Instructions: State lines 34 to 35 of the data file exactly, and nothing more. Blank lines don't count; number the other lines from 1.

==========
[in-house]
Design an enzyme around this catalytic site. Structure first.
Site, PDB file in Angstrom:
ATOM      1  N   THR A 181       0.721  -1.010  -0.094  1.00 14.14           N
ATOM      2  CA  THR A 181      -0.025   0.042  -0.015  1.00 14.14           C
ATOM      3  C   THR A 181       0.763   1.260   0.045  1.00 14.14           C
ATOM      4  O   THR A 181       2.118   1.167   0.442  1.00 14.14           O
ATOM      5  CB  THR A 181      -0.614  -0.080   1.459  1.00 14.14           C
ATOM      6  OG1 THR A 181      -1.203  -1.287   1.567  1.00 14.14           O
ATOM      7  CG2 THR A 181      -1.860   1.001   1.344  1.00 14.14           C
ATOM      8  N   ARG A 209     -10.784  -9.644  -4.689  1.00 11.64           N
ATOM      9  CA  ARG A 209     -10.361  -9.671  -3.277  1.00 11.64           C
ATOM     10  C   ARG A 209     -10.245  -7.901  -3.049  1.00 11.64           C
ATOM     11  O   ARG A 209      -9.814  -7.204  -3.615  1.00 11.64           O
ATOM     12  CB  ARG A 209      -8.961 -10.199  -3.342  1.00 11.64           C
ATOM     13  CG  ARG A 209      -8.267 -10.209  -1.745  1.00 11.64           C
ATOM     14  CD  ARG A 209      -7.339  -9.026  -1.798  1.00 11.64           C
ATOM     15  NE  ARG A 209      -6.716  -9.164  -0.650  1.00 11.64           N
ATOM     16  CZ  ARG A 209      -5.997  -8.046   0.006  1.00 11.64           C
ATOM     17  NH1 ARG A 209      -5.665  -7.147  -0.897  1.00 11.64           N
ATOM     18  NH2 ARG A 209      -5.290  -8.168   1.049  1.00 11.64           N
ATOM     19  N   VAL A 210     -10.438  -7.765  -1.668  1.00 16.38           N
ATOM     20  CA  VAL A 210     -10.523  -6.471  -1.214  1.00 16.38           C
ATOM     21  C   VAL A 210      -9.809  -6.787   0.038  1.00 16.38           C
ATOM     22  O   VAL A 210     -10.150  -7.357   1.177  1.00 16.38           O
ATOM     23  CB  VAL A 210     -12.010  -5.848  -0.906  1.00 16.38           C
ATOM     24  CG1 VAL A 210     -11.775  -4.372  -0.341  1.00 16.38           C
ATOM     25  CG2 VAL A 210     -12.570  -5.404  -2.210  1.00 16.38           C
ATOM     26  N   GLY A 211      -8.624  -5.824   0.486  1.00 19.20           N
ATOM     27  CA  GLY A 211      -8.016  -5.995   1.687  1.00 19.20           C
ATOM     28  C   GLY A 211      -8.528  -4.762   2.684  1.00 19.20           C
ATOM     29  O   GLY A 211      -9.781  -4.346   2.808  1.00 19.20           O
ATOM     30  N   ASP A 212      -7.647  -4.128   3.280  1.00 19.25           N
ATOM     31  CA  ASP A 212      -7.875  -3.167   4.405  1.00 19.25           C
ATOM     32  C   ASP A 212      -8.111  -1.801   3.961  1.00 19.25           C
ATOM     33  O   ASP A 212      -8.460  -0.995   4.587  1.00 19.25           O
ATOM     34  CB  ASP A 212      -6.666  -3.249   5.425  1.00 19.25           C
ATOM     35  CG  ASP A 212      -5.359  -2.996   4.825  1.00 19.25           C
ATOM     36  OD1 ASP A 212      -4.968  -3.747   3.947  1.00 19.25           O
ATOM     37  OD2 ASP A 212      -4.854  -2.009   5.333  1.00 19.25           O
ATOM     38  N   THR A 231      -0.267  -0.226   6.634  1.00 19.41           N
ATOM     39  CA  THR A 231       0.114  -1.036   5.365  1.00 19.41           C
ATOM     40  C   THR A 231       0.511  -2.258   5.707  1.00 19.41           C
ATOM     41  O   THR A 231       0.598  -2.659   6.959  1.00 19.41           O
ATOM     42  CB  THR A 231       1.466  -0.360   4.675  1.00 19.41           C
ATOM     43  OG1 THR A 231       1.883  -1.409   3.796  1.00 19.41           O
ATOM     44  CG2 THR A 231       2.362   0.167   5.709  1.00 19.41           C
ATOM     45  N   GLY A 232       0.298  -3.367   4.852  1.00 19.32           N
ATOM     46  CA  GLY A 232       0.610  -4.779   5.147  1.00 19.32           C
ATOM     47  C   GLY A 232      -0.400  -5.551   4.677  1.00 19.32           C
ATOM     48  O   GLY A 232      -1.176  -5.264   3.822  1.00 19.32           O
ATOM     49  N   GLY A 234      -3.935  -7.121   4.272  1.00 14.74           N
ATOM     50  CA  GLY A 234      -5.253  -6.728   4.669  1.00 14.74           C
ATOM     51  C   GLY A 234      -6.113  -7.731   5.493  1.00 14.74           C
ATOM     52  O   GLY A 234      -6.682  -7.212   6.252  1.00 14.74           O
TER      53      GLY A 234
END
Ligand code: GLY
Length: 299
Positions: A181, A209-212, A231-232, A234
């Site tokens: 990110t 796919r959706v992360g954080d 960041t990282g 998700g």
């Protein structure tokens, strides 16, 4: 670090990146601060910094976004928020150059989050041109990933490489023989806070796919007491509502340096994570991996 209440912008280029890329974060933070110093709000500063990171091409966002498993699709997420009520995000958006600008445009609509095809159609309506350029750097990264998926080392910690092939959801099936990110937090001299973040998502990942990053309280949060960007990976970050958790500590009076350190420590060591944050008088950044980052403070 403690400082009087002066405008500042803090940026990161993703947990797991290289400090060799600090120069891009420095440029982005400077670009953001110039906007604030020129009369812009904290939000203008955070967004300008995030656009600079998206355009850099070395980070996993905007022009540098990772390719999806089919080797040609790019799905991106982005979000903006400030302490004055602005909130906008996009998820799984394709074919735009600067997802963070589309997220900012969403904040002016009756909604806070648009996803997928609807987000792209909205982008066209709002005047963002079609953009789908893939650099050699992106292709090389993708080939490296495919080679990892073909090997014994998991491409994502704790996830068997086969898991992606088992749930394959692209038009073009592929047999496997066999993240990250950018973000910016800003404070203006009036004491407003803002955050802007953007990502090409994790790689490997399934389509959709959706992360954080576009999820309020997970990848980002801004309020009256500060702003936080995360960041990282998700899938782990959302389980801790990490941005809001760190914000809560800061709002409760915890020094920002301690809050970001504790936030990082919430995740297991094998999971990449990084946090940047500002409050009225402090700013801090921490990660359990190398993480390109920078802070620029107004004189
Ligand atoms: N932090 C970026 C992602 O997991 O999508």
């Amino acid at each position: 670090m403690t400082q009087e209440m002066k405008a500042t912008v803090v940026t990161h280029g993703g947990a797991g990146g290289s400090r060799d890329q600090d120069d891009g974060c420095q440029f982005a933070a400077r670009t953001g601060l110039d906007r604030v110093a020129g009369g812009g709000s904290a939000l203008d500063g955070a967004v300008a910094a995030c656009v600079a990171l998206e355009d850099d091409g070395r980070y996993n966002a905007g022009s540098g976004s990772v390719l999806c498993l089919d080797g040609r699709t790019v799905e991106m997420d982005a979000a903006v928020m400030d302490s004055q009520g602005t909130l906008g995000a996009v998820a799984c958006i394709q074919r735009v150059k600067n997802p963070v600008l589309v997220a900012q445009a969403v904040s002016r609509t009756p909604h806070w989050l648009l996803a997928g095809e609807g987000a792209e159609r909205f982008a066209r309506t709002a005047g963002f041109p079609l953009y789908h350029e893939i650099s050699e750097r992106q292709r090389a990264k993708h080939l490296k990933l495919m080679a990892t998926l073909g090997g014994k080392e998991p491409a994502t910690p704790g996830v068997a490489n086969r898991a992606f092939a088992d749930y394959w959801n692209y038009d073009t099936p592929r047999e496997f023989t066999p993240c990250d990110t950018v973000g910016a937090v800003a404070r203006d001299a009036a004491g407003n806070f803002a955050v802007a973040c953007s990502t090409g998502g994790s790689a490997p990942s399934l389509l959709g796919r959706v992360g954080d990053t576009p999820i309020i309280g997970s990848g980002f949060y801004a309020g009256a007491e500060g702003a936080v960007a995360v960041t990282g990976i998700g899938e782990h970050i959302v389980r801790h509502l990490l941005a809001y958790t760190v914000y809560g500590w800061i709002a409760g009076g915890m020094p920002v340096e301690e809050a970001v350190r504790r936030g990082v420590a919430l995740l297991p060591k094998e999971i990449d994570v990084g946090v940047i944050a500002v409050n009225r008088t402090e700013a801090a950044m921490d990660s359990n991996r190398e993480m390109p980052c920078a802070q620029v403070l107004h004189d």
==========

ATOM     31  CA  ASP A 212      -7.875  -3.167   4.405  1.00 19.25           C
ATOM     32  C   ASP A 212      -8.111  -1.801   3.961  1.00 19.25           C